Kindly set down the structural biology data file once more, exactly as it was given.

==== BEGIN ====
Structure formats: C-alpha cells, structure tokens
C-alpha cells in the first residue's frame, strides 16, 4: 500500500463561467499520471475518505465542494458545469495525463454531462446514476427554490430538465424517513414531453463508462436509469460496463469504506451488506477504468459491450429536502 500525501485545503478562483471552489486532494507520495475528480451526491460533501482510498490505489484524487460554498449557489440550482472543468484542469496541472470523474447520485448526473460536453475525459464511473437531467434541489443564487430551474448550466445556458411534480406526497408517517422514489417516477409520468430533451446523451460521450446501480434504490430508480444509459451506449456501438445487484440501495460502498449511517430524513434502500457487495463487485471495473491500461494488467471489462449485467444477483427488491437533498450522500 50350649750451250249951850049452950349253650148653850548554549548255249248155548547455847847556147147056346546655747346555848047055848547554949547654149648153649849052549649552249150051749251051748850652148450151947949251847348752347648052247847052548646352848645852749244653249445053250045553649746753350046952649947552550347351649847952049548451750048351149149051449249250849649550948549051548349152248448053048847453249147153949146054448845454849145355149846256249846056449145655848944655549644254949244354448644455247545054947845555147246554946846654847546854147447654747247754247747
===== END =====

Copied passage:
Structure formats: C-alpha cells, structure tokens
C-alpha cells in the first residue's frame, strides 16, 4: 500500500463561467499520471475518505465542494458545469495525463454531462446514476427554490430538465424517513414531453463508462436509469460496463469504506451488506477504468459491450429536502 500525501485545503478562483471552489486532494507520495475528480451526491460533501482510498490505489484524487460554498449557489440550482472543468484542469496541472470523474447520485448526473460536453475525459464511473437531467434541489443564487430551474448550466445556458411534480406526497408517517422514489417516477409520468430533451446523451460521450446501480434504490430508480444509459451506449456501438445487484440501495460502498449511517430524513434502500457487495463487485471495473491500461494488467471489462449485467444477483427488491437533498450522500 50350649750451250249951850049452950349253650148653850548554549548255249248155548547455847847556147147056346546655747346555848047055848547554949547654149648153649849052549649552249150051749251051748850652148450151947949251847348752347648052247847052548646352848645852749244653249445053250045553649746753350046952649947552550347351649847952049548451750048351149149051449249250849649550948549051548349152248448053048847453249147153949146054448845454849145355149846256249846056449145655848944655549644254949244354448644455247545054947845555147246554946846654847546854147447654747247754247747